• Chris Posner, CEC

Spring, Sprang, Sprung!

The sights, smells, and feels of spring are in the air, but this year it looks better, smells better, and feels better. There is always a sense of rebirth, a fresh start, a renewed feeling that comes when the winter chill subsides, but this spring is the best spring of our lives for many. There is optimism on the horizon as vaccines are reaching the masses and there is better understanding of the Covid-19 pandemic. So, get your 2 shots, peel the cover off the grill, and get outside!

Before you dry rub that steak, I’m curious about your source of fire- propane or charcoal? For me, my answer is “yes”. I have a dual grill, with one side propane, one side conventional. I

love the propane side for speed, getting a quick dinner on the table during the hectic work/school week. But on the weekend and holiday, I love the slow burn, the warmth of the fire, the aroma of wood, and the complexity open flame cooking contributes.

While man has been cooking over fire for 5000 years or more, backyard grilling is less than 80 years old. The backyard BBQ has certainly become a bit of an American pastime, but didn’t really gain a following until after WWII, when soldiers returned from overseas, and the American dream of suburbia was born. Prior to that, outdoor grills were mainly tended by avid campers and boyscouts. And it wasn’t until George Stephan, a metal worker and owner of Weber Bros. Metal Spinning Co, decided to tinker with the design of the outdoor grill, which was traditionally a flat open pan design. Stephan created a rounded shape complete with matching lid and vents for air control and well, grilling history was forged.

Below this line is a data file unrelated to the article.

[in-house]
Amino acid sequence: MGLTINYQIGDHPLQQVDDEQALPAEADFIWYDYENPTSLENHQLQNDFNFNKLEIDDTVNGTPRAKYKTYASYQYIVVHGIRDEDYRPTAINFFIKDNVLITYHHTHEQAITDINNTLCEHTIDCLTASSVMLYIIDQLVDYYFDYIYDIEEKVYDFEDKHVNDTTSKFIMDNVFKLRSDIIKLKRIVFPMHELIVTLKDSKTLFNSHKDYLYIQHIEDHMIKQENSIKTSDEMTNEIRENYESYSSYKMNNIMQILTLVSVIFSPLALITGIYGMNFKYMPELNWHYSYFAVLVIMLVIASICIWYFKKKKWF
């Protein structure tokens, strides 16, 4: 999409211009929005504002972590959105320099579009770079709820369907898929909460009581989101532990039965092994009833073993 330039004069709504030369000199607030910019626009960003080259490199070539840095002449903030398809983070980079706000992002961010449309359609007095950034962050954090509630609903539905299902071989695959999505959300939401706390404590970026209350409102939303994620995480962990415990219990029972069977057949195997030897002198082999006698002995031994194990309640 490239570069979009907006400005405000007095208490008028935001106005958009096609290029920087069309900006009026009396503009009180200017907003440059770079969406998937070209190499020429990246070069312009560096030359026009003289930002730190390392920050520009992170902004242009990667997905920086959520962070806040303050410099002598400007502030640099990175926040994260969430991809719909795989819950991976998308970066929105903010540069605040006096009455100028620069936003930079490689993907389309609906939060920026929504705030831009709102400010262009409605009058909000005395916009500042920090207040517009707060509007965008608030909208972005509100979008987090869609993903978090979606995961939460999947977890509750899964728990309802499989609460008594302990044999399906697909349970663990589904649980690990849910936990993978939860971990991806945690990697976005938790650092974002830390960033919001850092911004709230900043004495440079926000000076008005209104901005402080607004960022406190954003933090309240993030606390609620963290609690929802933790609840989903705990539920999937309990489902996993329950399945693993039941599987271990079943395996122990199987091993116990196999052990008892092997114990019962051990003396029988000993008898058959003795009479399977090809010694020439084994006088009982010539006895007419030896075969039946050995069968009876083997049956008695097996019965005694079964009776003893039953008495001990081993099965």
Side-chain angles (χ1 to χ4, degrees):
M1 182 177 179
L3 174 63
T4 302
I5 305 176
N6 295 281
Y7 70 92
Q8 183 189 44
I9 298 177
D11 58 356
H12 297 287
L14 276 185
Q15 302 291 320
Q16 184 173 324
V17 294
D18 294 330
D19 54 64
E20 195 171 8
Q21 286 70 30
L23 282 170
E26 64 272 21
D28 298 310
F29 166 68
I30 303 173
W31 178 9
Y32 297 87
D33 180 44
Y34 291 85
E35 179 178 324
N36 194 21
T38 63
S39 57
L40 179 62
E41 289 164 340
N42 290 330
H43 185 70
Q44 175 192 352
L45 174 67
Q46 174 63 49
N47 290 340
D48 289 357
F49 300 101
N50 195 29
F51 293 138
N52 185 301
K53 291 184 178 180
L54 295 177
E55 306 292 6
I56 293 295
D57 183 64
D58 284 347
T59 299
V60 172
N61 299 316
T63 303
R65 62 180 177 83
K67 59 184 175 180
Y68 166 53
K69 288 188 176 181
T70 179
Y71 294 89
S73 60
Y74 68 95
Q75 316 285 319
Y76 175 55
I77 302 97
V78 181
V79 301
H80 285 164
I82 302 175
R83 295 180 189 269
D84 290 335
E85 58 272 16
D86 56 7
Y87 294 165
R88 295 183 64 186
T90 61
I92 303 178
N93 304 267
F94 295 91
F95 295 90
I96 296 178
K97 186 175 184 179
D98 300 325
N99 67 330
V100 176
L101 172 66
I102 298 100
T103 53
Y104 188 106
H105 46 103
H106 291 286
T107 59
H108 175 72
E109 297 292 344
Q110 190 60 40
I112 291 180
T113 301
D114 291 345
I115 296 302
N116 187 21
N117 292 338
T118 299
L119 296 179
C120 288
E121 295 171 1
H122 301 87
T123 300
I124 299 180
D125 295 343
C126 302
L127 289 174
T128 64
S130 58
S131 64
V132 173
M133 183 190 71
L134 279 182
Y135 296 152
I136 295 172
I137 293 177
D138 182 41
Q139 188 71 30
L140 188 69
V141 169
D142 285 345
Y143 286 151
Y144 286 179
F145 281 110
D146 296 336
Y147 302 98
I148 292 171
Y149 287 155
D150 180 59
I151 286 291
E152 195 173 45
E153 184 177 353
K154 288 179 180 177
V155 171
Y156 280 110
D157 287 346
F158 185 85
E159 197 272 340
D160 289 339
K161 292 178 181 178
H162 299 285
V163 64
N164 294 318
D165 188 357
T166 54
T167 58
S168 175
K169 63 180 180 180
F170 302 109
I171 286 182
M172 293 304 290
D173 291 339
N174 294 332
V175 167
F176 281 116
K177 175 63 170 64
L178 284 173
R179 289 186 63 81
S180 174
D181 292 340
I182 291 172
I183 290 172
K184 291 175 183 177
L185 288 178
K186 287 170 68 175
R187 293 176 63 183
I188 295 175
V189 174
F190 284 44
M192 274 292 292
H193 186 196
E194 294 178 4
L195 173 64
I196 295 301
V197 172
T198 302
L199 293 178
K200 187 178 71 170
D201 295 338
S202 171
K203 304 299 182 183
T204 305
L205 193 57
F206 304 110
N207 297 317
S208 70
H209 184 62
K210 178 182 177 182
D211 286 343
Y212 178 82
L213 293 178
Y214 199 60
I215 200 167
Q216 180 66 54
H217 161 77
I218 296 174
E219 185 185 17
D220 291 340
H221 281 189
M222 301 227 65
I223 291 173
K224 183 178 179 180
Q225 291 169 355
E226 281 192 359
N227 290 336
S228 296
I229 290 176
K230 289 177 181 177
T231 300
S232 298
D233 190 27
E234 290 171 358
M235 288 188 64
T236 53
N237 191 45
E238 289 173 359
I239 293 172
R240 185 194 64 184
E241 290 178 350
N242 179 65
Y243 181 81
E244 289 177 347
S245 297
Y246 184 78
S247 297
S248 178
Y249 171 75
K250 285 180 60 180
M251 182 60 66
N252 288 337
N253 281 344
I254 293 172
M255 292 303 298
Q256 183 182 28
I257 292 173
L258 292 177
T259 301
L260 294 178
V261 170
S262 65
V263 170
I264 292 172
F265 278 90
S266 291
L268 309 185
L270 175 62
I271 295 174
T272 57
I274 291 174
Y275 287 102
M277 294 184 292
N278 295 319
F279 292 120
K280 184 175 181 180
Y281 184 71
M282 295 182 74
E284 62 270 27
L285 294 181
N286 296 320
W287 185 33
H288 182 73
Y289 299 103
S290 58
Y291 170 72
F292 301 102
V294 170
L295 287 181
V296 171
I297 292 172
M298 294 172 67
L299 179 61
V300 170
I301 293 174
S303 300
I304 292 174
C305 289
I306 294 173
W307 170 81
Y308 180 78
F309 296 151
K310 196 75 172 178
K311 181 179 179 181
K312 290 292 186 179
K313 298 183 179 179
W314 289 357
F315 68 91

We can’t talk about the popularity of the outdoor grill without delving into the fire of the charcoal briquette. While outdoor grilling didn’t explode until the early 1950’s, the charcoal briquette was invented years earlier. Edward Kingsford, a relative of Henry Ford, designed the charcoal briquette as a byproduct of the immense amount of wood Ford factories needed for production. Initially sold to industrial smokehouses, Ford saw an opportunity for avid campers to use briquettes, creating picnic kits complete with grill manufactured at his auto factories. Unfortunately, the great depression dampened Fords fire, and it wouldn’t be until 1951 when a group of businessmen bought Ford Charcoal, renamed it Kingsford, and persuaded supermarket chains to carry bags.

So that brings us to the all-important question- What are you grilling this weekend? I’m doing spring garlic and basil pistou marinated chicken, grilled scallions, and grill roasted potatoes. If you think I misspelled “pesto”, no, I didn’t. I prefer a basil pistou which is made similarly to a pesto, sans pine nuts. Fresh basil, chopped garlic, cheese, and extra virgin olive oil combined together to lightly coat my chicken. Scallions simply tossed in a little olive oil, salt and pepper. And my potatoes, quartered, tossed in oil, fresh chopped rosemary, fresh garlic, squeeze of lemon, salt and pepper. All of this prepped ahead of time and ready to drop on my charcoal (and wood) fired grill!

While I truly look forward to sharing this simple, yet delicious, meal with my family, I equally look forward to getting outside in the sun, stoking up the fire, and truly enjoying the time I have before grilling to relax and decompress while I take in the sights, smells, and feels of spring.